Last Wednesday, the Student Voice ran the fourth annual Night of Talent, and it was a spectacular evening with talented student performers entertaining about 200 guests.
Dance and song featured strongly but we also enjoyed some instrumentals, comedy and a poem. Judges Jenny Broderick, Sonya Kadel and Renat Yusupov had a difficult job deciding the winners and runners up but here they are below:
Prep – Year 3 category:
Winner: Bella Campbell (singing ‘Girl on Fire’)
Runner-up: Micah Matthews Frederick (reciting a poem)
Year 4 – 5 category:
Winner: Jazmine Hazelden (song and dance to ‘Frozen’)
Runner-up: Charlotte Albrand, Breeanna Aldridge, Rachel Curtis, Olivia McMaster (dance routine)
Year 6 – 12 category:
Winner: Madeleine Bell (dance routine)
Runner-up: Lila Demerutis (musical theatre routine to ‘Mother Knows Best’)
Those following the live event on Facebook would have noted that many of the items were partially muted by Facebook due to copyright. We have the right to stream the event live as long as we delete it afterwards but Facebook can’t differentiate between our right to do this and someone breaking copyright law so they muted many of the performances. This is another reason we can’t show the videos on our Facebook page. However, copyright will allow us to showcase student performances on a site where you need to login with a password. For this reason we have set up a Vimeo account and put all of our performances on that site. It is free for our parents to access and the password for every video will simply be: gcc.
Here is the link to all the photos and videos from the night: Night of Talent.
Remember the password is just gcc
Book Week – why books matter
Did you know that Book Week is the longest-running national literacy event in the world? It was created in 1916 by Franklin K. Matthiews, the librarian of Boy Scouts of America. Mr Matthiews believed that books are life-changing.
More than 100 years later and the vital importance of books is one of the few things that have not changed in the world. Reading is much more than about literacy; it actually changes the way our brains work, improves our communication with others and enhances how we understand the world. Here are just seven ways reading books helps our children:
- Reading improves parent-child relationships. Reading to and with children, from the time they are babies, builds strong bonds. Before babies even understand words, they are benefiting from hearing your voice and enjoying the relaxed closeness reading brings. Reading together from infancy easily transitions to an enjoyable and rewarding ritual throughout each stage of a child’s life into adulthood.
- Reading improves concentration. A good book with interesting pictures is the perfect way to focus the attention of an over-energised toddler. They learn to sit still for short stories and this small act of discipline increases with their abilities and the growing complexity of the books chosen.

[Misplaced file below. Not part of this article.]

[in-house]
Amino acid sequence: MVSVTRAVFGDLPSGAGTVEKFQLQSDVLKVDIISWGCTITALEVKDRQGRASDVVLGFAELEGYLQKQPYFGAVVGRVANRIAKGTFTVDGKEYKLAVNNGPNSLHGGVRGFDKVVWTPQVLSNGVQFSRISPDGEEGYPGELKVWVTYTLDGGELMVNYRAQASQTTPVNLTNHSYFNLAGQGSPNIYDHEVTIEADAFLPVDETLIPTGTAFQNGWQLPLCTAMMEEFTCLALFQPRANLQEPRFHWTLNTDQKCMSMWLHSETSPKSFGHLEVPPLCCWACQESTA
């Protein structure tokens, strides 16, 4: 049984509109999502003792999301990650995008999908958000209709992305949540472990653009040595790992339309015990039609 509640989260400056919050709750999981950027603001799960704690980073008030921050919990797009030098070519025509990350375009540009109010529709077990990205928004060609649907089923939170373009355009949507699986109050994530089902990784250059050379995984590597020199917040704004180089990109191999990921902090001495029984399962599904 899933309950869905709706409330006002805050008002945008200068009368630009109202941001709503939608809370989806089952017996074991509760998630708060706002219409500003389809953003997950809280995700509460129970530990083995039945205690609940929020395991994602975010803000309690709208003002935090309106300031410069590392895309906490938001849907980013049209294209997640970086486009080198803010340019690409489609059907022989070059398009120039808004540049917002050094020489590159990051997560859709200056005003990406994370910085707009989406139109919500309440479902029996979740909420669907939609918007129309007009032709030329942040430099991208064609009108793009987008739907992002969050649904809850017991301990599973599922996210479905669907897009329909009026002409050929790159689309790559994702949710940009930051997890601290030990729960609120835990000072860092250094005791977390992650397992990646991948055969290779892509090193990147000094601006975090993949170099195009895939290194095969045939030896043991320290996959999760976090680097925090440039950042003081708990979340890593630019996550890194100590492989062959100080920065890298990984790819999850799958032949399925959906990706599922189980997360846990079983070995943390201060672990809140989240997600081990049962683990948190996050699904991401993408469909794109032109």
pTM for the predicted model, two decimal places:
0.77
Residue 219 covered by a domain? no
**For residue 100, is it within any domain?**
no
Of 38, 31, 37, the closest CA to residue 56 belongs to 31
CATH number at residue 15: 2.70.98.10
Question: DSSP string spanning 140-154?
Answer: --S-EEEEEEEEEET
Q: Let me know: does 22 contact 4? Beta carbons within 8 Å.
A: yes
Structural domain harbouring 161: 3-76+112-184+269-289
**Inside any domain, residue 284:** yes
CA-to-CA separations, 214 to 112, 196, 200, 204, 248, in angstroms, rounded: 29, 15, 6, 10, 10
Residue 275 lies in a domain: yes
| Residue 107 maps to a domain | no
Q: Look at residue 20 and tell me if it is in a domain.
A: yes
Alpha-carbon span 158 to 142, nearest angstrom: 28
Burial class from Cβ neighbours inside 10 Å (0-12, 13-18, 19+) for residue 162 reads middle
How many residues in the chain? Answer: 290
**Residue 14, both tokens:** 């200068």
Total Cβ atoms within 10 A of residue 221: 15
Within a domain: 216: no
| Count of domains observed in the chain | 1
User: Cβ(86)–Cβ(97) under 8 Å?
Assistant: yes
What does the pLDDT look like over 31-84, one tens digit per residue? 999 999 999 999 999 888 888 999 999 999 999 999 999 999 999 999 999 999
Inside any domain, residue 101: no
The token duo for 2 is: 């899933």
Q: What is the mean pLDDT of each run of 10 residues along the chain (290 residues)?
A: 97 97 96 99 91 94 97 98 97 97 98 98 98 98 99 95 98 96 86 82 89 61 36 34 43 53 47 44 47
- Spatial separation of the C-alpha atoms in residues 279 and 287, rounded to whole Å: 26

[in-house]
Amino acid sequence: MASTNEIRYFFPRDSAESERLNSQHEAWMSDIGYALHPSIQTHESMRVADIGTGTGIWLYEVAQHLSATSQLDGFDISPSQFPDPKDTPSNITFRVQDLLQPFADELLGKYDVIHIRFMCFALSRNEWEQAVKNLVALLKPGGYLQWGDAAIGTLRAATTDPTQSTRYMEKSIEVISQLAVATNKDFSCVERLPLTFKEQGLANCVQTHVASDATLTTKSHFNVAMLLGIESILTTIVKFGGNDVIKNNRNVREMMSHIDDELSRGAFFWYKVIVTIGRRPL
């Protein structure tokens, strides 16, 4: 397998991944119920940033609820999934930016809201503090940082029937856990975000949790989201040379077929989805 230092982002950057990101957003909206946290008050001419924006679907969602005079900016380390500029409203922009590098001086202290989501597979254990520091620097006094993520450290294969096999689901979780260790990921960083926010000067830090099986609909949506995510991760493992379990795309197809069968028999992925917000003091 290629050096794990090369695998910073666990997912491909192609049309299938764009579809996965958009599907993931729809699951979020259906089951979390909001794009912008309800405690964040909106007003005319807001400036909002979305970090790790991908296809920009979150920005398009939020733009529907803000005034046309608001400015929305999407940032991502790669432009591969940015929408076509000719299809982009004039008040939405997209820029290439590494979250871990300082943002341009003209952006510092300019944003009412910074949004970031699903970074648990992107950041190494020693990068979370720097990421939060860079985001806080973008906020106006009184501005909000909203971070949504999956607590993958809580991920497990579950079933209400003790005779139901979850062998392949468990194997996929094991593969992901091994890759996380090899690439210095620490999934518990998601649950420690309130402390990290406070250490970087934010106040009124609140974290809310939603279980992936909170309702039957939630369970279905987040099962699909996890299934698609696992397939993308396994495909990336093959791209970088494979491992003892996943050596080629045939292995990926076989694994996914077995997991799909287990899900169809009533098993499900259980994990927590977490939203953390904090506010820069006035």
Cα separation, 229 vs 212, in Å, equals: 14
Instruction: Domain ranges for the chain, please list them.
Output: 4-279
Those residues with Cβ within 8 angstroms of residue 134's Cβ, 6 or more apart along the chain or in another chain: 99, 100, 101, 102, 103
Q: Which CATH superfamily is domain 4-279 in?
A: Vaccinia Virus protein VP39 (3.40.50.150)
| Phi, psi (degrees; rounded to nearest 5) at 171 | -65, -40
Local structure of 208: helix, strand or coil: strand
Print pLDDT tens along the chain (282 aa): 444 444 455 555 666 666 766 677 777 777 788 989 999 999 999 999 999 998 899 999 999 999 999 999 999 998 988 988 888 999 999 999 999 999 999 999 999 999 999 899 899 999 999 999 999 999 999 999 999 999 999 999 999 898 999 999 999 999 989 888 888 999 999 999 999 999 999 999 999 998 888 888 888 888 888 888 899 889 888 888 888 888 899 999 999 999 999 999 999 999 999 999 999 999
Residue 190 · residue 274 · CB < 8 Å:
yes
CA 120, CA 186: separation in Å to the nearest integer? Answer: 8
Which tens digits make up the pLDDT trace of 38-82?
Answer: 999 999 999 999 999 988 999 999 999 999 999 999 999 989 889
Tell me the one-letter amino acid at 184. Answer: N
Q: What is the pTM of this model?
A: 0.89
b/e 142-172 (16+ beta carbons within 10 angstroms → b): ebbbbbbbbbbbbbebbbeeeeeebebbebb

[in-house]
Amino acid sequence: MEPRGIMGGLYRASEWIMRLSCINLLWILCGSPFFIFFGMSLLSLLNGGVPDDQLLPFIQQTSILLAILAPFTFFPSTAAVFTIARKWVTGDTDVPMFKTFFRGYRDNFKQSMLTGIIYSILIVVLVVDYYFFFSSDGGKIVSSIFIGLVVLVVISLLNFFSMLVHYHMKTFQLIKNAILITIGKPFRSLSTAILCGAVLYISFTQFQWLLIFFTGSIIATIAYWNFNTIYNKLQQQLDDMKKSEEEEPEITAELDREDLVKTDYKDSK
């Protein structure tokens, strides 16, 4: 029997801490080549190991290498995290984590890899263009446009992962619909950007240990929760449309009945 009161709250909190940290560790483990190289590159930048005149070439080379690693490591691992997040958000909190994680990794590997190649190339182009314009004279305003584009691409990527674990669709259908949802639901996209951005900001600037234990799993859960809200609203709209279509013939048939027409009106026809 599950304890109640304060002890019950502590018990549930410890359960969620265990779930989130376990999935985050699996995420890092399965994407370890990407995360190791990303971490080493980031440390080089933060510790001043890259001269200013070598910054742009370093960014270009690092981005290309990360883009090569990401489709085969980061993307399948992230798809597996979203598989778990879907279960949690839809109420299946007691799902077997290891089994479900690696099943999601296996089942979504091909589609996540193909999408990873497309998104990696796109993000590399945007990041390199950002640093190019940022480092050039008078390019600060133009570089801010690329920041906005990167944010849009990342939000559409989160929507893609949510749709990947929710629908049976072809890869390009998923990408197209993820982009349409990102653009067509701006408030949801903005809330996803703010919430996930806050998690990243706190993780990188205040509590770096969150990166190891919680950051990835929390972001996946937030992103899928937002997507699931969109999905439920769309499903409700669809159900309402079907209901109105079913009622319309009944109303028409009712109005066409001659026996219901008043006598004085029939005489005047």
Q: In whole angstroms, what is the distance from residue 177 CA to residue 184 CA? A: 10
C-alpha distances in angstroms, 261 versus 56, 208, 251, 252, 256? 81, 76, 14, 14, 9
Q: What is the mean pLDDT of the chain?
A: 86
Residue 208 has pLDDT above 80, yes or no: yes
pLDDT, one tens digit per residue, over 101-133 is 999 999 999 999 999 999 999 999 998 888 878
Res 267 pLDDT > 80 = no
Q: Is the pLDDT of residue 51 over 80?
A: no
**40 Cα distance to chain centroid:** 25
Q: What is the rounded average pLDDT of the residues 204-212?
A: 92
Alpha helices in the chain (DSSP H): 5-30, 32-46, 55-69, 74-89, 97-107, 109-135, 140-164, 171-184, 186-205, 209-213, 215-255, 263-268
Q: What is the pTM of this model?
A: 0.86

- Reading builds neural pathways in the brain. The actual act of reading is exercise for your child’s brain – it changes the brain’s structure. New imaging technology like SMRI scanning shows a living brain at work and how reading activates the whole neural network. Reading builds new connections and helps us understand other people’s worlds. A good book literally has the power to change us.
- Reading can make your child smarter. Not only does your child learn more about vocabulary, structure, spelling and word definitions, interactive reading can boost your child’s IQ by up to six points. Interactive reading is when you ask open-ended questions and engage your child in the story.
- Reading can make your child wiser. Reading with your child interactively provides perfect opportunities for them to ask you questions about what they are reading and learning. They may understand the words but there are a lot of big concepts in books and reading together is the perfect time to explore how what they are reading relates to their understanding of life.
- Reading can make your child more empathetic. Navigating social relationships is almost impossible unless children can understand people’s emotions and reactions. A good book is all about producing an emotional response from the reader. This exposes our children to relationships and a depth of emotion they may not have the opportunity to witness yet in their young lives.
- Reading reduces stress and helps sleep. Research shows that reading is more relaxing than listening to music or going for a walk. Allowing the mind to escape into a literary world eases tension and a recent study showed it only takes six minutes of reading to slow your heart rate! This shows a whole new benefit to reading your children a bedtime story.
Finally, in the words of some great readers:
“The reading of all good books is like a conversation with the finest minds of past centuries.” ~ René Descartes
“The more you read, the more things you will know. The more that you learn, the more places you’ll go.” ~ Dr. Seuss
Mike Curtis, Principal